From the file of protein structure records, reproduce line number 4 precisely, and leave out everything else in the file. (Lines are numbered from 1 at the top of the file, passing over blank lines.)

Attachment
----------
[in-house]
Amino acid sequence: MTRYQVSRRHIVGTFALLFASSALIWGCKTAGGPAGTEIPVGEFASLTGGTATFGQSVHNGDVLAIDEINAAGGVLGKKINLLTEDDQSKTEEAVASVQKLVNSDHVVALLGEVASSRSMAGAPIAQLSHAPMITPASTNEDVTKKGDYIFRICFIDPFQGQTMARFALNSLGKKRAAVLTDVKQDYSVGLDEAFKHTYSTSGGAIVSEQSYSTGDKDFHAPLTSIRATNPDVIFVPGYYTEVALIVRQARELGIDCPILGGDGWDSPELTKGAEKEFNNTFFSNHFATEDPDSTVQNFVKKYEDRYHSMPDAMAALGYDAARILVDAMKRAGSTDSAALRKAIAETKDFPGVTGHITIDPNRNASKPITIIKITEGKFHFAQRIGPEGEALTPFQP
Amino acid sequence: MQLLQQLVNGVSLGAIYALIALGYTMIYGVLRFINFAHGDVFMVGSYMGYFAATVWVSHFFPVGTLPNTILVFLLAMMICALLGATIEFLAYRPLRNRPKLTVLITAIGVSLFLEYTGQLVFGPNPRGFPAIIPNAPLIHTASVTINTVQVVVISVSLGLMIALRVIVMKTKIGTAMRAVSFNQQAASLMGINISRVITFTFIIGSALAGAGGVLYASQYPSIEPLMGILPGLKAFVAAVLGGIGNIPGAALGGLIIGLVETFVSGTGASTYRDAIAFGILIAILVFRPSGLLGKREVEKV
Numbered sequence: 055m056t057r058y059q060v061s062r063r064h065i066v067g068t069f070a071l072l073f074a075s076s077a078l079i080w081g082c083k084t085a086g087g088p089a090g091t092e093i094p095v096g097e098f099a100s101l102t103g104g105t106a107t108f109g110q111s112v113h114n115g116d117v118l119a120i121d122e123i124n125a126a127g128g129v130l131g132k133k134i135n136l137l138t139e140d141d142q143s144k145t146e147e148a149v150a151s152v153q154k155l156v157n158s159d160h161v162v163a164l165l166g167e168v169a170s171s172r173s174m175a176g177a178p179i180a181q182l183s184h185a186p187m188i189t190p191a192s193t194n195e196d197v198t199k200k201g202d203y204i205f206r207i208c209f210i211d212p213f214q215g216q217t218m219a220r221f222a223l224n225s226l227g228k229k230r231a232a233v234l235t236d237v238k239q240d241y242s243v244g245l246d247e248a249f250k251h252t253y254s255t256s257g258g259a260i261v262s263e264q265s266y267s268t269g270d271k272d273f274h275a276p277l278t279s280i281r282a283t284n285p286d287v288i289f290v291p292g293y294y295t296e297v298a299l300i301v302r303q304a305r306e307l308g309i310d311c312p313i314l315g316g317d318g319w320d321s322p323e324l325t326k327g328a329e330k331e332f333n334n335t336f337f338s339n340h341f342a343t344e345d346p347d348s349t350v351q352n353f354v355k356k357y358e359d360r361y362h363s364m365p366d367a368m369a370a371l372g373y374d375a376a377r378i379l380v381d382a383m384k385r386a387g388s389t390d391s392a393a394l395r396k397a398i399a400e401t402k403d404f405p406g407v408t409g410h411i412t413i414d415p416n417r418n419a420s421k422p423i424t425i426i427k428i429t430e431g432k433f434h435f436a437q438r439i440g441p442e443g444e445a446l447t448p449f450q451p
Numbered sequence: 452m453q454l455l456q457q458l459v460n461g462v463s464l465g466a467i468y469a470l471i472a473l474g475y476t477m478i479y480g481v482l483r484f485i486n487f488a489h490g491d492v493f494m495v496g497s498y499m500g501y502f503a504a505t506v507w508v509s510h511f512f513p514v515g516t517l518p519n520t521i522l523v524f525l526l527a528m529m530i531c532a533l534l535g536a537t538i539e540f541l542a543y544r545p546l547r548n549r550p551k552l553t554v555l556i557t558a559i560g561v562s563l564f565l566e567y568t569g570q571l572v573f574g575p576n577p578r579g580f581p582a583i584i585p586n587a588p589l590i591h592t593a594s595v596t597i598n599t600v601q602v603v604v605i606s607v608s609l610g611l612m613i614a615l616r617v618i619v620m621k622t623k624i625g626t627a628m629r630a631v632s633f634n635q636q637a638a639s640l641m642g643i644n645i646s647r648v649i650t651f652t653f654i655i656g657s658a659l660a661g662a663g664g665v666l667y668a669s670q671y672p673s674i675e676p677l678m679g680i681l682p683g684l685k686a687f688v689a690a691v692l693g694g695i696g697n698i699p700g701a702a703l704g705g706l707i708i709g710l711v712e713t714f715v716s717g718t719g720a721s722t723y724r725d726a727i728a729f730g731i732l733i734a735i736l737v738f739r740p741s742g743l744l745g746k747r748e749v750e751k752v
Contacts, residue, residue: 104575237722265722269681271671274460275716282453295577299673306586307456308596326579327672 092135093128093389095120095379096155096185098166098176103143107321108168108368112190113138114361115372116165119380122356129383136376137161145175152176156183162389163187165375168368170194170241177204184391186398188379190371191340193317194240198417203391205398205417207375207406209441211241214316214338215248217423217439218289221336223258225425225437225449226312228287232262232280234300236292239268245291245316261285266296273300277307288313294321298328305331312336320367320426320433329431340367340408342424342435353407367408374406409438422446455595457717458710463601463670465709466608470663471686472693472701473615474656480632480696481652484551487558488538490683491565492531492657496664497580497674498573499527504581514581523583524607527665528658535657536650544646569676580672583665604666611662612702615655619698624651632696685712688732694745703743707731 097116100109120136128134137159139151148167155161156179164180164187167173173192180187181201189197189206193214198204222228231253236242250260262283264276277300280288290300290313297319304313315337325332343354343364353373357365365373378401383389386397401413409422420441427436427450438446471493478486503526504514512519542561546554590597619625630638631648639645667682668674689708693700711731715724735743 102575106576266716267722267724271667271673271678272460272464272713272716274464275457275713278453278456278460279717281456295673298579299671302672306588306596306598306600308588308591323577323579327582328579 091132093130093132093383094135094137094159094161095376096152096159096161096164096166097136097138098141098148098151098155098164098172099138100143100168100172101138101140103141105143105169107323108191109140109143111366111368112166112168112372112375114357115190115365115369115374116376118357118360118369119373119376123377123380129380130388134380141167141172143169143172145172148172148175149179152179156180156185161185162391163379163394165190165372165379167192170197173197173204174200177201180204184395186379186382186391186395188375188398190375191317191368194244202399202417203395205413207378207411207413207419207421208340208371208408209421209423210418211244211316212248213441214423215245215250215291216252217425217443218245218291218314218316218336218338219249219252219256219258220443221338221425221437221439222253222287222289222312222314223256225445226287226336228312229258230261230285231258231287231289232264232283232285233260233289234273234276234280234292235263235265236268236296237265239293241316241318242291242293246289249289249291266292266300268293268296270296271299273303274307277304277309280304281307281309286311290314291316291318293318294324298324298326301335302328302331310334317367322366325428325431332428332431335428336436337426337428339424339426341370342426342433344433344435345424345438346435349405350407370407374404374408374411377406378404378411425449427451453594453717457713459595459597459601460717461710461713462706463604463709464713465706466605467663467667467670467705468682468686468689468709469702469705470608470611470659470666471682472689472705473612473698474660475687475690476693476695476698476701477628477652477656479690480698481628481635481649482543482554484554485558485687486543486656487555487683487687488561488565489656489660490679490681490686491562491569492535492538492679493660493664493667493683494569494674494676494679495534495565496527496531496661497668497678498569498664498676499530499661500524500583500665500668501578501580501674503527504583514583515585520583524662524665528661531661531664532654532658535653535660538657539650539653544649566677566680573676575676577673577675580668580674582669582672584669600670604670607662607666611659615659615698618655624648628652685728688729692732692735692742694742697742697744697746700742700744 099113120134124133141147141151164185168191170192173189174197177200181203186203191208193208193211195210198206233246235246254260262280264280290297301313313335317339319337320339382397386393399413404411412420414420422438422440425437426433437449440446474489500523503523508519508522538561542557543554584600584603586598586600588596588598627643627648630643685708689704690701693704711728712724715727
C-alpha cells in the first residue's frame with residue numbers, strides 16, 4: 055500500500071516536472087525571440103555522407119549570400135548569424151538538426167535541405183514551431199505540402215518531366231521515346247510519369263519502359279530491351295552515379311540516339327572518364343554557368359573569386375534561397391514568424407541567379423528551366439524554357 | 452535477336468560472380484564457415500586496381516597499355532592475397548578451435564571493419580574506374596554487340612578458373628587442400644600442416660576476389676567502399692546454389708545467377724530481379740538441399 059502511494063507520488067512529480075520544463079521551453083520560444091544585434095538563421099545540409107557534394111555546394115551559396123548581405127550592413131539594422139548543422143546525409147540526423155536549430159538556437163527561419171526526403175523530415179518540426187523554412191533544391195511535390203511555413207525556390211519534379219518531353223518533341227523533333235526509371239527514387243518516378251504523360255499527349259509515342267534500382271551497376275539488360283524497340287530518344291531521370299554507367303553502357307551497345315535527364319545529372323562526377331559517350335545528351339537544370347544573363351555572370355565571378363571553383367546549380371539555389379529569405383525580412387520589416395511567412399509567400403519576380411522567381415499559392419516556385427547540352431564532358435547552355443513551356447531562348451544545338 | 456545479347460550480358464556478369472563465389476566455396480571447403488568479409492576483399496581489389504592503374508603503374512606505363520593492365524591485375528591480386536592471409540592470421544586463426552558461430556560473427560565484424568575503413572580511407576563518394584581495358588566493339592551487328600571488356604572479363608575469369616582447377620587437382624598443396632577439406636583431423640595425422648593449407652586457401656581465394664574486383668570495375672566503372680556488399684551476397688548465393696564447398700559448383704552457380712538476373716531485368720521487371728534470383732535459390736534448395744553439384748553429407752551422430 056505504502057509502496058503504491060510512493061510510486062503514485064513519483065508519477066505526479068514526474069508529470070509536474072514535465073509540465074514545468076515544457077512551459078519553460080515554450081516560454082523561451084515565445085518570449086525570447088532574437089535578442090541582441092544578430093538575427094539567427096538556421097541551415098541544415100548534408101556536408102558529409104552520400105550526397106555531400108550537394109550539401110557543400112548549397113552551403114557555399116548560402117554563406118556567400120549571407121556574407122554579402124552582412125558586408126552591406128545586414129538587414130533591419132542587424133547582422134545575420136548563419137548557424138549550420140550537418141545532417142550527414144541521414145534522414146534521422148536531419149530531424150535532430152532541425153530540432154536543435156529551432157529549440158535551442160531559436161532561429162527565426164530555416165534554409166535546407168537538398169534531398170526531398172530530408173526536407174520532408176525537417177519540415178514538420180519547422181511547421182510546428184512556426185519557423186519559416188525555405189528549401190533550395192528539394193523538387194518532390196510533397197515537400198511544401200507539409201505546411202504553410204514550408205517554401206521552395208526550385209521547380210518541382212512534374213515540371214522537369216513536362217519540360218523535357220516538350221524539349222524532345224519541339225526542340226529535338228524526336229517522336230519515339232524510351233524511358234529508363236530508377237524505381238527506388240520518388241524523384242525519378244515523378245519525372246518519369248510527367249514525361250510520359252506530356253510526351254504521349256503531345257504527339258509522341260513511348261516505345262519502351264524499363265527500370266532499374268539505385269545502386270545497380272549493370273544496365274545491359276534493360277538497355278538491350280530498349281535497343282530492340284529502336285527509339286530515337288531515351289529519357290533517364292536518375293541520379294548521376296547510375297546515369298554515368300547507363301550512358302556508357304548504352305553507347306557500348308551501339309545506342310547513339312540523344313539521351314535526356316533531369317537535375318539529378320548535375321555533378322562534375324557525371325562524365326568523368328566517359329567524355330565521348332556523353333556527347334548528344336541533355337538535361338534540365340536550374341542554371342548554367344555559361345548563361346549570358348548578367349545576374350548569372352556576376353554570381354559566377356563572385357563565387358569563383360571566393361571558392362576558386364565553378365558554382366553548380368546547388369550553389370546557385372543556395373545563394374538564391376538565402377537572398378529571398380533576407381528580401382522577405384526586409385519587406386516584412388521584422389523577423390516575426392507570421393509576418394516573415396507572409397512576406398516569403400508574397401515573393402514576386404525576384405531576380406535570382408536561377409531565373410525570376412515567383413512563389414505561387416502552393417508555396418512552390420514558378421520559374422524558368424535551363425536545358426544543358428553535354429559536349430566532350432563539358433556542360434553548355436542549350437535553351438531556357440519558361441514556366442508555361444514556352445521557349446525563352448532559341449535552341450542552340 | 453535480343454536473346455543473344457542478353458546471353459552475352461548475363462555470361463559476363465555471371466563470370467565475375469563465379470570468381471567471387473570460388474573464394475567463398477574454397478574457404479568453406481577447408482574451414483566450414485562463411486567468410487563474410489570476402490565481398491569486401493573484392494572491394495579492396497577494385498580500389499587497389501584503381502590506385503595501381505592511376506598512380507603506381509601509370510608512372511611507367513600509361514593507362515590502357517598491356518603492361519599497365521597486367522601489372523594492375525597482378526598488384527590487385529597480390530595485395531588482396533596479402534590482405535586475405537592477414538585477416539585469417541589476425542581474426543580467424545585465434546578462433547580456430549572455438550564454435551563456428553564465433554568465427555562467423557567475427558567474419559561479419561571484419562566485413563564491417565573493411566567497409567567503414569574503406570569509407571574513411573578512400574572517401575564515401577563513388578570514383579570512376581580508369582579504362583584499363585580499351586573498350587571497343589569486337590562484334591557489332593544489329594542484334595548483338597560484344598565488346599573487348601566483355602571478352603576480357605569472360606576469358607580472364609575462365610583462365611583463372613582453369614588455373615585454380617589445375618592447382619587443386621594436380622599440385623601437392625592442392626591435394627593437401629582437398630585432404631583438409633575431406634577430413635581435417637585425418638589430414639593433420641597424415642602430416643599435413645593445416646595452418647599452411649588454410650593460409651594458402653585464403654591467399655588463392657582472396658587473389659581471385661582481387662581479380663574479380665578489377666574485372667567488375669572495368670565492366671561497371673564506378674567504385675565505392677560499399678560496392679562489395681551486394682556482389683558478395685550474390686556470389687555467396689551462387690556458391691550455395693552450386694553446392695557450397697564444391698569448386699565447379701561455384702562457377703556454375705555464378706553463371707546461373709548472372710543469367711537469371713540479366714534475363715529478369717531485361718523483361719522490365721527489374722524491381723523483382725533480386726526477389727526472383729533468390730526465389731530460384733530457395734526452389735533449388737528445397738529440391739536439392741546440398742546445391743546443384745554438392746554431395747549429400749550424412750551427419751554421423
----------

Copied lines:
Numbered sequence: 055m056t057r058y059q060v061s062r063r064h065i066v067g068t069f070a071l072l073f074a075s076s077a078l079i080w081g082c083k084t085a086g087g088p089a090g091t092e093i094p095v096g097e098f099a100s101l102t103g104g105t106a107t108f109g110q111s112v113h114n115g116d117v118l119a120i121d122e123i124n125a126a127g128g129v130l131g132k133k134i135n136l137l138t139e140d141d142q143s144k145t146e147e148a149v150a151s152v153q154k155l156v157n158s159d160h161v162v163a164l165l166g167e168v169a170s171s172r173s174m175a176g177a178p179i180a181q182l183s184h185a186p187m188i189t190p191a192s193t194n195e196d197v198t199k200k201g202d203y204i205f206r207i208c209f210i211d212p213f214q215g216q217t218m219a220r221f222a223l224n225s226l227g228k229k230r231a232a233v234l235t236d237v238k239q240d241y242s243v244g245l246d247e248a249f250k251h252t253y254s255t256s257g258g259a260i261v262s263e264q265s266y267s268t269g270d271k272d273f274h275a276p277l278t279s280i281r282a283t284n285p286d287v288i289f290v291p292g293y294y295t296e297v298a299l300i301v302r303q304a305r306e307l308g309i310d311c312p313i314l315g316g317d318g319w320d321s322p323e324l325t326k327g328a329e330k331e332f333n334n335t336f337f338s339n340h341f342a343t344e345d346p347d348s349t350v351q352n353f354v355k356k357y358e359d360r361y362h363s364m365p366d367a368m369a370a371l372g373y374d375a376a377r378i379l380v381d382a383m384k385r386a387g388s389t390d391s392a393a394l395r396k397a398i399a400e401t402k403d404f405p406g407v408t409g410h411i412t413i414d415p416n417r418n419a420s421k422p423i424t425i426i427k428i429t430e431g432k433f434h435f436a437q438r439i440g441p442e443g444e445a446l447t448p449f450q451p